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AbstractHistoryArchive Description

'Fast-paced series spin-off of the hit feature film. Filmed at an abandoned school in Sydney's Maroubra, this program was about an ethnically diverse group of students attending Hartley High School.'

Source: National Film and Sound Archive record.

Works about this Work

From The Getting of Wisdom to Heartbreak High : Australian School Stories on Screen Michelle Smith , 2019 single work
— Appears in: The Conversation , 29 January 2019;

Going to school is one of the few life experiences almost everyone shares. From the time children began to be educated in small groups in Britain, there were school stories in popular culture, beginning with what many consider the first novel for children, Sarah Fielding’s The Governess; or, The Little Female Academy (1749).  (Introduction)

'We Don't Need No Education' : Adolescents and the School in Contemporary Australian Teen TV Kate Douglas , Kelly McWilliam , 2004 single work criticism
— Appears in: Teen TV : Genre, Consumption, Identity 2004; (p. 151-165)
'In this chapter we focus on Heartbreak High, arguably the most significant Australian 'quality teen television drama' of the 1990s. We explore how the programme’s diegesis negotiates and maps identities for contemporary Australian teenagers. More specifically, we examine constructions of teenage identities in contemporary Australian ‘quality teen television drama’ (hereafter referred to as ‘teen TV’) via representations of ‘the school’ and ‘post-school’ options within the programme. We investigate how Heartbreak High has responded to (whether by conforming to, or exceeding) the available cultural spaces for narrating adolescent experiences, but also to the broader social relationship between adolescents and schools. How does this programme represent the accord and tension between teens and schools? Do these representations offer diverse or uniform outcomes for their teen characters in relation to educational and post-school options, and what are the implications for Australian teen identities more broadly? We overview Heartbreak High and its reception, but also make comparative references to other Australian programmes that feature teens prominently.' (p.152)
'We Don't Need No Education' : Adolescents and the School in Contemporary Australian Teen TV Kate Douglas , Kelly McWilliam , 2004 single work criticism
— Appears in: Teen TV : Genre, Consumption, Identity 2004; (p. 151-165)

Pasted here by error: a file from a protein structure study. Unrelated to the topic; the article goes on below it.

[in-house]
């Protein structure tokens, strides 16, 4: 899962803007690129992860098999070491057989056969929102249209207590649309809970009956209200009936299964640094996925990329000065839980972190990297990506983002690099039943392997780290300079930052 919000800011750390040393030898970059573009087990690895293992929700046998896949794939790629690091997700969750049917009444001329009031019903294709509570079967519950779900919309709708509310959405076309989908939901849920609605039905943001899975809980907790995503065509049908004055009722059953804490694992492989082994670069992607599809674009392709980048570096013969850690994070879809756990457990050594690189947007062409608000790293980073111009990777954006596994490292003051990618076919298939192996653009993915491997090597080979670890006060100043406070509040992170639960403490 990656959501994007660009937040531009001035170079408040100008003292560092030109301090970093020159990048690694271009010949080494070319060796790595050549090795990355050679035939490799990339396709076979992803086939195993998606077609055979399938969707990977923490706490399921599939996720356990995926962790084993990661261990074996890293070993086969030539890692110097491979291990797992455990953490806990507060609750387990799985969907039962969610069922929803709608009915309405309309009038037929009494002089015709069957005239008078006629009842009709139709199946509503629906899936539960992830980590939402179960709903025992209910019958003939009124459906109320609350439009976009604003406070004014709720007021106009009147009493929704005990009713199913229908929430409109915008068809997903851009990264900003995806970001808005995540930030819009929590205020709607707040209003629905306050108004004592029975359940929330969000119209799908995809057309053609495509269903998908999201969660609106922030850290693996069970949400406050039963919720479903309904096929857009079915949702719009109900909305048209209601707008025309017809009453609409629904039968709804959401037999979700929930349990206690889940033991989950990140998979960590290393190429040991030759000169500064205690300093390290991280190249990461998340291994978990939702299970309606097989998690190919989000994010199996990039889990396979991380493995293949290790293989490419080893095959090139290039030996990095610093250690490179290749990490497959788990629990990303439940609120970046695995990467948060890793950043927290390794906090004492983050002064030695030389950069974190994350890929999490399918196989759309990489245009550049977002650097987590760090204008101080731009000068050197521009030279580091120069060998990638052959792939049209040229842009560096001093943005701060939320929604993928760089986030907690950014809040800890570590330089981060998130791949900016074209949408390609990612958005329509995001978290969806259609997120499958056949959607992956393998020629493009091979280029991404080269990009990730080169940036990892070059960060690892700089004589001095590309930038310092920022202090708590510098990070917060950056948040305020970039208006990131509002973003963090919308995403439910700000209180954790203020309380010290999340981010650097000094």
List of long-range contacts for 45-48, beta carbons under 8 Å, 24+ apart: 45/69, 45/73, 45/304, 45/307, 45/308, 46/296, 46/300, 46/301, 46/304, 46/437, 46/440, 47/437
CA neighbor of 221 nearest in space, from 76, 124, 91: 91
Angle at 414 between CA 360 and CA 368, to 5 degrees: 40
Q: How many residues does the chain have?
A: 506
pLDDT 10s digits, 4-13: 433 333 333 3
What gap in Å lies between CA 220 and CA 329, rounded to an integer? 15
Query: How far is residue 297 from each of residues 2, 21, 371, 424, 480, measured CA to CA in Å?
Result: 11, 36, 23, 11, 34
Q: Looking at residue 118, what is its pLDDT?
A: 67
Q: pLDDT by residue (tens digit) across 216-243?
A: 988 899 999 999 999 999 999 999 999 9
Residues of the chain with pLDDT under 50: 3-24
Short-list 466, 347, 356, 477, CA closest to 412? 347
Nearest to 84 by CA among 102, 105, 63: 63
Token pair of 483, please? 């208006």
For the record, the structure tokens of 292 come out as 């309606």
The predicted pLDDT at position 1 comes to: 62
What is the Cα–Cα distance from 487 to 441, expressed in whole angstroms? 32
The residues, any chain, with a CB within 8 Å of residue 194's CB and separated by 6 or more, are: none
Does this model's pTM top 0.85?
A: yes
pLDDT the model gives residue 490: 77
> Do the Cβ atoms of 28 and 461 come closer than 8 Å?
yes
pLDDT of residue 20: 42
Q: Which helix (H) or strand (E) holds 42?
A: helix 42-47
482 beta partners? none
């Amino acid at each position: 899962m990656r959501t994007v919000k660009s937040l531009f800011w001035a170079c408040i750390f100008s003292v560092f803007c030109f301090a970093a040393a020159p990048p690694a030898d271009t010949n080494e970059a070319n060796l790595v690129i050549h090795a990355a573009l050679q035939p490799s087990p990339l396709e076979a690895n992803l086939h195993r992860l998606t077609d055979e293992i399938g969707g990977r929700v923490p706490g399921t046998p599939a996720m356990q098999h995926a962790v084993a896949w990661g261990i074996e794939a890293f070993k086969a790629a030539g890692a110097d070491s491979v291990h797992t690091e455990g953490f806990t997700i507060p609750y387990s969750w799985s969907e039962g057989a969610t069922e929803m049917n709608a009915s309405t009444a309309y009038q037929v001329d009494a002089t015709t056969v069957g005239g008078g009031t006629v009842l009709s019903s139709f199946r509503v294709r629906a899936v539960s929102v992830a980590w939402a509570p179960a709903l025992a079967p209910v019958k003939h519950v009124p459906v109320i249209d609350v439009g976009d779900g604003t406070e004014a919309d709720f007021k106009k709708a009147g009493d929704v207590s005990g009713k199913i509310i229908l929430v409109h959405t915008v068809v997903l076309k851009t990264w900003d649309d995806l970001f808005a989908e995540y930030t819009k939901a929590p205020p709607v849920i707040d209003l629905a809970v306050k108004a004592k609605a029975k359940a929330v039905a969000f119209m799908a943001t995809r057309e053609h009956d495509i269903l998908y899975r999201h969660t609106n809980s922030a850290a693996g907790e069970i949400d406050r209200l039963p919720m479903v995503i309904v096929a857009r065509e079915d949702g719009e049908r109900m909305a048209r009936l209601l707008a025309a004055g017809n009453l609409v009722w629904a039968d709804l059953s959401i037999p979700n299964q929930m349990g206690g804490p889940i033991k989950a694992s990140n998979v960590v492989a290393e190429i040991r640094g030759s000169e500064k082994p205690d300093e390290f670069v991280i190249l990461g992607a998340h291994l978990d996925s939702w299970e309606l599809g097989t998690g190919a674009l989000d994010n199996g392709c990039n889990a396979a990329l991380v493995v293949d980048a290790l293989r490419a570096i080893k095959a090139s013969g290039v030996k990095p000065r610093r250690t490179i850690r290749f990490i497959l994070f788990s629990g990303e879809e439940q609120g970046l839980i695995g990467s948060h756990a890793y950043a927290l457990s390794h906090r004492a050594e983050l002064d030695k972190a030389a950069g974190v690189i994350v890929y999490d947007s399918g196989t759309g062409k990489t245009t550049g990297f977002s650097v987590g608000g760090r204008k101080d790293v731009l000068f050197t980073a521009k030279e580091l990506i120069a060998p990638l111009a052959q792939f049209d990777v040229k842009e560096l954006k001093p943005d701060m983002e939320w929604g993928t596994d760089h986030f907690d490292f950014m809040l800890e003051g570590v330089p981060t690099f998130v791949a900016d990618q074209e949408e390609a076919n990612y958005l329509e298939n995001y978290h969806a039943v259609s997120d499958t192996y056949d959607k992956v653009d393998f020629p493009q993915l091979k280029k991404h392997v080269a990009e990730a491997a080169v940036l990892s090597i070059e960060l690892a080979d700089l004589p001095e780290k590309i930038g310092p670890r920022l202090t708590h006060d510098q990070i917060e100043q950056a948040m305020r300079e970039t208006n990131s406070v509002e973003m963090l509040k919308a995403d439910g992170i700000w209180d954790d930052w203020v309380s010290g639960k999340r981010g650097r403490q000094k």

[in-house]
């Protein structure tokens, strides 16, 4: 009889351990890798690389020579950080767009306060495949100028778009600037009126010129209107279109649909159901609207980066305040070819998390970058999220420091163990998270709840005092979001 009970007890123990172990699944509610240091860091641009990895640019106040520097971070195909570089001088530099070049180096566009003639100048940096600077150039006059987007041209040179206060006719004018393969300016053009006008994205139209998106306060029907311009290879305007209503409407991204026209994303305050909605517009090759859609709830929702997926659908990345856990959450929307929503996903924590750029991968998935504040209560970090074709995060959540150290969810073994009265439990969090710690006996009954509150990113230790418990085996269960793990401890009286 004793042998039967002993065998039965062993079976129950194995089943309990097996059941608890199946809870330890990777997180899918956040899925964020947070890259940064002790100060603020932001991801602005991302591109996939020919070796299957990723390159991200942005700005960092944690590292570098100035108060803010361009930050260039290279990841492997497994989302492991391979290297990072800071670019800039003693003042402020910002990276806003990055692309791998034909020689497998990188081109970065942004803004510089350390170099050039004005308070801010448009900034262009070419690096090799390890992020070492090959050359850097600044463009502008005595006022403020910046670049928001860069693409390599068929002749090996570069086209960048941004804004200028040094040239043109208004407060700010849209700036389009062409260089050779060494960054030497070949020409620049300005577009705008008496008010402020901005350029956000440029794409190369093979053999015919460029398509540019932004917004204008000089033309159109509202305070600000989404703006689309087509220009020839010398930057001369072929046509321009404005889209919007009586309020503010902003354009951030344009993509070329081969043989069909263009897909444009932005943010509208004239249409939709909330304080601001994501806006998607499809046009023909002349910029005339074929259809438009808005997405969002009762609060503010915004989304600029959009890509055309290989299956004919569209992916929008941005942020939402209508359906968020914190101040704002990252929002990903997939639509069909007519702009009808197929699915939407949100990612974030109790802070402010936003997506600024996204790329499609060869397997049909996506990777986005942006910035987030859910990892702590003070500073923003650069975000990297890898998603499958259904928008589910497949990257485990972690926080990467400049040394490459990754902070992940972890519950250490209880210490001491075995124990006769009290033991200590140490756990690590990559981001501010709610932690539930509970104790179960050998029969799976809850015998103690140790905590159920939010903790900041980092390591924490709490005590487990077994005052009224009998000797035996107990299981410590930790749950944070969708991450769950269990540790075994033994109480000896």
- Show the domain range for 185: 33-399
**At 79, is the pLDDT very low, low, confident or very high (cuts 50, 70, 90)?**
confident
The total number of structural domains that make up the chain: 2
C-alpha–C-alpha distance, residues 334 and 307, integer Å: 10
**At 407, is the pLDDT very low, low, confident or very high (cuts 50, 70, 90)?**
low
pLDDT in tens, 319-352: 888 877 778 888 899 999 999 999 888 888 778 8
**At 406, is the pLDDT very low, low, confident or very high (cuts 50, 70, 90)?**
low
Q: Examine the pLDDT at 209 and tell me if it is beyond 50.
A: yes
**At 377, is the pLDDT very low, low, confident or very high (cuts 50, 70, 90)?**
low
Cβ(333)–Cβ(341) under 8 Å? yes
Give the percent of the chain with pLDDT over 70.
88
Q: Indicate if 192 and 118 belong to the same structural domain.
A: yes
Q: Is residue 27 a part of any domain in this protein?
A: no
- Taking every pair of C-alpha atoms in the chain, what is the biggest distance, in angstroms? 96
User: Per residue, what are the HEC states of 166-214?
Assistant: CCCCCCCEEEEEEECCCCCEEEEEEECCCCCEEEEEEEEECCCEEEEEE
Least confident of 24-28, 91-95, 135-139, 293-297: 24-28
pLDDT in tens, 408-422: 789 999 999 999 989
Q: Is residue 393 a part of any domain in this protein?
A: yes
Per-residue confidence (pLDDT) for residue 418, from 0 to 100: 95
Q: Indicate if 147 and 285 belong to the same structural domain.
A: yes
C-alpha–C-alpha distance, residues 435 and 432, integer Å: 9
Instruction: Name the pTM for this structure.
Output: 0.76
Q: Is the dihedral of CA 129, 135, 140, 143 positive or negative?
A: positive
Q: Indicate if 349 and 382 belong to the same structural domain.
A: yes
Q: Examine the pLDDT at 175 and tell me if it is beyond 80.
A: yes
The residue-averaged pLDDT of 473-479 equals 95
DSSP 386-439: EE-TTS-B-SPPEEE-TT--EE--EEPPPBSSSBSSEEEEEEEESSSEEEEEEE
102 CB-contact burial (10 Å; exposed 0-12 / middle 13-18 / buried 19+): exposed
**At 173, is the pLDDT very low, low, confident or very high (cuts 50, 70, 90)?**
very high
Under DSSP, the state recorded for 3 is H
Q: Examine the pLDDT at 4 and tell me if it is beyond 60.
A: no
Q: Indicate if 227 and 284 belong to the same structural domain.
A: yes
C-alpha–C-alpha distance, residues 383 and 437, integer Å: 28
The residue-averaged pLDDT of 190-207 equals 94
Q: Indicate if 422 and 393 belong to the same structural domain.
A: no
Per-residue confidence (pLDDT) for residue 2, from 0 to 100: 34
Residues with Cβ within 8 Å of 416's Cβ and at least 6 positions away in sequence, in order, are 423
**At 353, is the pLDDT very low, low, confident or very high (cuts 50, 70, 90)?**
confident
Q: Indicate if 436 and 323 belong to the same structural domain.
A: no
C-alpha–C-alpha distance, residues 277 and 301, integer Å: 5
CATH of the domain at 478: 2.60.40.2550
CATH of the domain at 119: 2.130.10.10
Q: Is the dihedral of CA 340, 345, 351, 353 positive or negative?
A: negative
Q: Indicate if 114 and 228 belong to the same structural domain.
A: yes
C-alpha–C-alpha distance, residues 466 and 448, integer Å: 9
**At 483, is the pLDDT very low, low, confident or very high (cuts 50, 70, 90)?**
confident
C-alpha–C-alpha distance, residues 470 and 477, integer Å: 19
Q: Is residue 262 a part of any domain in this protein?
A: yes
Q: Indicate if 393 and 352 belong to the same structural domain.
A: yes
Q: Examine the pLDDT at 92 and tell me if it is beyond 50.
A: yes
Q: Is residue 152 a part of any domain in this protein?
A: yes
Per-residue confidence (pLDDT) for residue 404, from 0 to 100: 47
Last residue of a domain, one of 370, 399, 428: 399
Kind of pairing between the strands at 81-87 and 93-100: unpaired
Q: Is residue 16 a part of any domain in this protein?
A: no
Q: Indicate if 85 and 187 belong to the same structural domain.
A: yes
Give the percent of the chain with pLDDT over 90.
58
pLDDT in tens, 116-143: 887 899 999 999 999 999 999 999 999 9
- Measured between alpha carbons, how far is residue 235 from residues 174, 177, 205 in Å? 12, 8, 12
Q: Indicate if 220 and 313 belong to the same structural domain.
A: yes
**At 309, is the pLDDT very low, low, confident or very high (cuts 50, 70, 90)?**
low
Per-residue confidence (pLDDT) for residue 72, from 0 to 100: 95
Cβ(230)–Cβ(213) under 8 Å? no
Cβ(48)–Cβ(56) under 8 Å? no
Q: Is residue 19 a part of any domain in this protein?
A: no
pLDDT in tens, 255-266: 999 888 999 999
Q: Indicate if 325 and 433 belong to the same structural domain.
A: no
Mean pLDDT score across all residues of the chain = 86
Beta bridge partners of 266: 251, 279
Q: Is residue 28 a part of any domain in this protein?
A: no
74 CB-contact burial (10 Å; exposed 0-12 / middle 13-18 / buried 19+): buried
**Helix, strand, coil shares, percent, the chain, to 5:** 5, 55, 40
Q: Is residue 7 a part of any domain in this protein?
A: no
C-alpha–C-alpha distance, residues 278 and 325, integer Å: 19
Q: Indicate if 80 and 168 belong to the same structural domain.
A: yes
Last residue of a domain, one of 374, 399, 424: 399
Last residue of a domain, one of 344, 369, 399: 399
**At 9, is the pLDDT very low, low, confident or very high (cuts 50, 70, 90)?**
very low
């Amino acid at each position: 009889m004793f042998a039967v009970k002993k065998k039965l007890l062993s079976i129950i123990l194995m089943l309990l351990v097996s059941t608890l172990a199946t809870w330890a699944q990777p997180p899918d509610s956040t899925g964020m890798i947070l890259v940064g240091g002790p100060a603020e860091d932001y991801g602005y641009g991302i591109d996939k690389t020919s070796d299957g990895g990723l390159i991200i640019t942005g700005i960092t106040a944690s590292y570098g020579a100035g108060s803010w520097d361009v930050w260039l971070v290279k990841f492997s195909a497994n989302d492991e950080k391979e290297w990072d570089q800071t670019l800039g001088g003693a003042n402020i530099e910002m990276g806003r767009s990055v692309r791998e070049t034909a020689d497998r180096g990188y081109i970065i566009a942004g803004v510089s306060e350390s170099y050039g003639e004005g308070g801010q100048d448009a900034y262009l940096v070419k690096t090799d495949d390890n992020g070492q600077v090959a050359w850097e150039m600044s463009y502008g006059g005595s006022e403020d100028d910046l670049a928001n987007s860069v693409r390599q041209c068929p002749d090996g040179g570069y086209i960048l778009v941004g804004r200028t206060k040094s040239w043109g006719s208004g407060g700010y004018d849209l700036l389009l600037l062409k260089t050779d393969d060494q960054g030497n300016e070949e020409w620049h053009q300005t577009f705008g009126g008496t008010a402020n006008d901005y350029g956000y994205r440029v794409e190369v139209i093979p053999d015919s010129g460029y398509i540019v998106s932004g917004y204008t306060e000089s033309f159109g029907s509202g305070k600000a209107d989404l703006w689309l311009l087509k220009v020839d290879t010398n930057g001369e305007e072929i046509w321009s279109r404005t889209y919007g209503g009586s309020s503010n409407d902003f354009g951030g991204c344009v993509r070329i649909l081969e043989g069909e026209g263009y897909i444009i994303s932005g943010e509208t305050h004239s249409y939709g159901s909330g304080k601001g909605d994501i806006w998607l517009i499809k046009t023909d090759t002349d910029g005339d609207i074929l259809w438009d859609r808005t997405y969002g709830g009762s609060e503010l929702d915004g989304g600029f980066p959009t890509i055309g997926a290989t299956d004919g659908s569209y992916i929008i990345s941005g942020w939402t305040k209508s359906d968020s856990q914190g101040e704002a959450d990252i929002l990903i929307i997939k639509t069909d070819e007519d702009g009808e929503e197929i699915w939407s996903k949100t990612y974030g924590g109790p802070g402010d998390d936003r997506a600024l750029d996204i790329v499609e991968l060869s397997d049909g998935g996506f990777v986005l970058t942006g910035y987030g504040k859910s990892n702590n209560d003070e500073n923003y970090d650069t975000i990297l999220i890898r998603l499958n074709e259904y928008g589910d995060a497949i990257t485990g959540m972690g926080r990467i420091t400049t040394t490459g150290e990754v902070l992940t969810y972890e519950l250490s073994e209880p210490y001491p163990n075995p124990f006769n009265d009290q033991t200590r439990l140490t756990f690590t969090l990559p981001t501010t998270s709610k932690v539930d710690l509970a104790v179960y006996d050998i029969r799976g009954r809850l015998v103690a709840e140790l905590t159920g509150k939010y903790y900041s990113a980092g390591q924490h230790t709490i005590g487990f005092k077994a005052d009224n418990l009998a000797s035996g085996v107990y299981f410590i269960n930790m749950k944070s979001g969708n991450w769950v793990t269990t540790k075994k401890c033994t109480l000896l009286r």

'In this chapter we focus on Heartbreak High, arguably the most significant Australian 'quality teen television drama' of the 1990s. We explore how the programme’s diegesis negotiates and maps identities for contemporary Australian teenagers. More specifically, we examine constructions of teenage identities in contemporary Australian ‘quality teen television drama’ (hereafter referred to as ‘teen TV’) via representations of ‘the school’ and ‘post-school’ options within the programme. We investigate how Heartbreak High has responded to (whether by conforming to, or exceeding) the available cultural spaces for narrating adolescent experiences, but also to the broader social relationship between adolescents and schools. How does this programme represent the accord and tension between teens and schools? Do these representations offer diverse or uniform outcomes for their teen characters in relation to educational and post-school options, and what are the implications for Australian teen identities more broadly? We overview Heartbreak High and its reception, but also make comparative references to other Australian programmes that feature teens prominently.' (p.152)
From The Getting of Wisdom to Heartbreak High : Australian School Stories on Screen Michelle Smith , 2019 single work
— Appears in: The Conversation , 29 January 2019;

Going to school is one of the few life experiences almost everyone shares. From the time children began to be educated in small groups in Britain, there were school stories in popular culture, beginning with what many consider the first novel for children, Sarah Fielding’s The Governess; or, The Little Female Academy (1749).  (Introduction)

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